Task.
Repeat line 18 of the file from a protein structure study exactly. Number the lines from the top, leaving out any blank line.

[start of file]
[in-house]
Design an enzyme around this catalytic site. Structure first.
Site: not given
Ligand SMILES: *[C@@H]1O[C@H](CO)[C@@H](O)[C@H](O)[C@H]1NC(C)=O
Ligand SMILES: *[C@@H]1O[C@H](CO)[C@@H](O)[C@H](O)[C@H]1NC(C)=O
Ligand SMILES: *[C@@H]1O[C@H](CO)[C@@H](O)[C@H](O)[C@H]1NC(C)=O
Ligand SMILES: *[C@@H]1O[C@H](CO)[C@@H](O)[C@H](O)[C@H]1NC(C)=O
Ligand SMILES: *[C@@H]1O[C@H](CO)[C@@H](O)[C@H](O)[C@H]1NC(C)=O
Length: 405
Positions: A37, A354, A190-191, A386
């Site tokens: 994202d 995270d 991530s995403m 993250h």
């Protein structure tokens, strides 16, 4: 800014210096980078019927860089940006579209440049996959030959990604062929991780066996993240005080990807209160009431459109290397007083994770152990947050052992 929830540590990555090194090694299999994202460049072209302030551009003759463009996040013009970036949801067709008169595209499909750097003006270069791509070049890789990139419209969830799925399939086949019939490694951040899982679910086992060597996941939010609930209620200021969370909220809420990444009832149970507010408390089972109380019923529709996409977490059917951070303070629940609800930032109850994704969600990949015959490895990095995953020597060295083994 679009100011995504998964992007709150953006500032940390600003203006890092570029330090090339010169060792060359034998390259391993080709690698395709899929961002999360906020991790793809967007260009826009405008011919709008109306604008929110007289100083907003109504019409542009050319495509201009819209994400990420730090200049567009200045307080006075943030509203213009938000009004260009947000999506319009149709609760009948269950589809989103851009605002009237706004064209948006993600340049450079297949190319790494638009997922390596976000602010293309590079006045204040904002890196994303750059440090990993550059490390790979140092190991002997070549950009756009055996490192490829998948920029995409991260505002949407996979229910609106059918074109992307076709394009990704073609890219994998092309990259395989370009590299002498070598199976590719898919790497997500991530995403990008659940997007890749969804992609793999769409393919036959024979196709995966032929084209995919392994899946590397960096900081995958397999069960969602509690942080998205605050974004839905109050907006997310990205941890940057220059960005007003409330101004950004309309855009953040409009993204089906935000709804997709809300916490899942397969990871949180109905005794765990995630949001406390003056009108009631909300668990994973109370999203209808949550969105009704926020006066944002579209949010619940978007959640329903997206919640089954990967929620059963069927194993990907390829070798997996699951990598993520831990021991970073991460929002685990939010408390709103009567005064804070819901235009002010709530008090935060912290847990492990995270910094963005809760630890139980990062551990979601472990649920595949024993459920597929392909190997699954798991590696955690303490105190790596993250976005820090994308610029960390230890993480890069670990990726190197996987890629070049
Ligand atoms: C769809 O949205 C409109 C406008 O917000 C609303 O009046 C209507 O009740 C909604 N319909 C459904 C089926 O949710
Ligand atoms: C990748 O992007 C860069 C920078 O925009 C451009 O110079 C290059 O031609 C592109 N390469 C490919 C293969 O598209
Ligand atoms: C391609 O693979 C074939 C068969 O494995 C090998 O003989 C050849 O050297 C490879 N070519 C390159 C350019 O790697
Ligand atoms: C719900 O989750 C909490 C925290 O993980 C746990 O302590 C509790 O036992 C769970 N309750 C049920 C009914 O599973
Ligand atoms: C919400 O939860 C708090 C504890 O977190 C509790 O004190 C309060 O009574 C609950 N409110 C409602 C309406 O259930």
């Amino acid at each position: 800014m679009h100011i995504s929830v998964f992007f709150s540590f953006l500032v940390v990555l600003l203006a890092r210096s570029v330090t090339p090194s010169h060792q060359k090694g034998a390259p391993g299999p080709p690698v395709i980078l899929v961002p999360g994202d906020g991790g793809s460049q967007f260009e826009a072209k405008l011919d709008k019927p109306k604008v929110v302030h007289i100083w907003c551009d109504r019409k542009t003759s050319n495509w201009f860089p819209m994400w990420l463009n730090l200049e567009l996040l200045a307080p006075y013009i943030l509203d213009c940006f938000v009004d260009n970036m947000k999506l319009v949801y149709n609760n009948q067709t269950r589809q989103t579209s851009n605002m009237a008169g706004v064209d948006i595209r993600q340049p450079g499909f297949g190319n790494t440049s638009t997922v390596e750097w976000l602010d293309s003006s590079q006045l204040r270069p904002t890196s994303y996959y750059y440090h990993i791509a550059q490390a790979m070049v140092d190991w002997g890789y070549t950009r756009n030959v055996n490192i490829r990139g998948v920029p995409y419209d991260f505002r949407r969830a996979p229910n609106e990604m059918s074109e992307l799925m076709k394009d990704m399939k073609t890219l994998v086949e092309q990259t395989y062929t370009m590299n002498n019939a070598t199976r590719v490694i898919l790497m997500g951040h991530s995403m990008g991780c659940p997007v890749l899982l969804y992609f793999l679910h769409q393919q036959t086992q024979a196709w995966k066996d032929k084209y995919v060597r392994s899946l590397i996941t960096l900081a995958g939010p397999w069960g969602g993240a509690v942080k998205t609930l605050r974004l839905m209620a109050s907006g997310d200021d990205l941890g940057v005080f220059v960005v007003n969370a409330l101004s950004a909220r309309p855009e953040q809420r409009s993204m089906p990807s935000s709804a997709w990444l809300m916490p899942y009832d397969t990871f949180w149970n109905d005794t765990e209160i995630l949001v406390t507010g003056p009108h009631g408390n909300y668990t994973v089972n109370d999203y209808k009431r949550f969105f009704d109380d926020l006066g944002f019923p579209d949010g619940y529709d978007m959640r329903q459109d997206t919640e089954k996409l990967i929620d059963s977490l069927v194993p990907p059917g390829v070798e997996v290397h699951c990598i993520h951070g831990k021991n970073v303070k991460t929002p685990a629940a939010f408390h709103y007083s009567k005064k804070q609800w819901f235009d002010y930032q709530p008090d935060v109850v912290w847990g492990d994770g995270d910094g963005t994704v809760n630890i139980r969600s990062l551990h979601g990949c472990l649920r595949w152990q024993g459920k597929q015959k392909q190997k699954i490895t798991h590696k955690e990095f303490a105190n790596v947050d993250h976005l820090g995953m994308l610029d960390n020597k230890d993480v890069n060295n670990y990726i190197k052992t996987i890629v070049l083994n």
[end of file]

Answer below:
């Amino acid at each position: 800014m679009h100011i995504s929830v998964f992007f709150s540590f953006l500032v940390v990555l600003l203006a890092r210096s570029v330090t090339p090194s010169h060792q060359k090694g034998a390259p391993g299999p080709p690698v395709i980078l899929v961002p999360g994202d906020g991790g793809s460049q967007f260009e826009a072209k405008l011919d709008k019927p109306k604008v929110v302030h007289i100083w907003c551009d109504r019409k542009t003759s050319n495509w201009f860089p819209m994400w990420l463009n730090l200049e567009l996040l200045a307080p006075y013009i943030l509203d213009c940006f938000v009004d260009n970036m947000k999506l319009v949801y149709n609760n009948q067709t269950r589809q989103t579209s851009n605002m009237a008169g706004v064209d948006i595209r993600q340049p450079g499909f297949g190319n790494t440049s638009t997922v390596e750097w976000l602010d293309s003006s590079q006045l204040r270069p904002t890196s994303y996959y750059y440090h990993i791509a550059q490390a790979m070049v140092d190991w002997g890789y070549t950009r756009n030959v055996n490192i490829r990139g998948v920029p995409y419209d991260f505002r949407r969830a996979p229910n609106e990604m059918s074109e992307l799925m076709k394009d990704m399939k073609t890219l994998v086949e092309q990259t395989y062929t370009m590299n002498n019939a070598t199976r590719v490694i898919l790497m997500g951040h991530s995403m990008g991780c659940p997007v890749l899982l969804y992609f793999l679910h769409q393919q036959t086992q024979a196709w995966k066996d032929k084209y995919v060597r392994s899946l590397i996941t960096l900081a995958g939010p397999w069960g969602g993240a509690v942080k998205t609930l605050r974004l839905m209620a109050s907006g997310d200021d990205l941890g940057v005080f220059v960005v007003n969370a409330l101004s950004a909220r309309p855009e953040q809420r409009s993204m089906p990807s935000s709804a997709w990444l809300m916490p899942y009832d397969t990871f949180w149970n109905d005794t765990e209160i995630l949001v406390t507010g003056p009108h009631g408390n909300y668990t994973v089972n109370d999203y209808k009431r949550f969105f009704d109380d926020l006066g944002f019923p579209d949010g619940y529709d978007m959640r329903q459109d997206t919640e089954k996409l990967i929620d059963s977490l069927v194993p990907p059917g390829v070798e997996v290397h699951c990598i993520h951070g831990k021991n970073v303070k991460t929002p685990a629940a939010f408390h709103y007083s009567k005064k804070q609800w819901f235009d002010y930032q709530p008090d935060v109850v912290w847990g492990d994770g995270d910094g963005t994704v809760n630890i139980r969600s990062l551990h979601g990949c472990l649920r595949w152990q024993g459920k597929q015959k392909q190997k699954i490895t798991h590696k955690e990095f303490a105190n790596v947050d993250h976005l820090g995953m994308l610029d960390n020597k230890d993480v890069n060295n670990y990726i190197k052992t996987i890629v070049l083994n």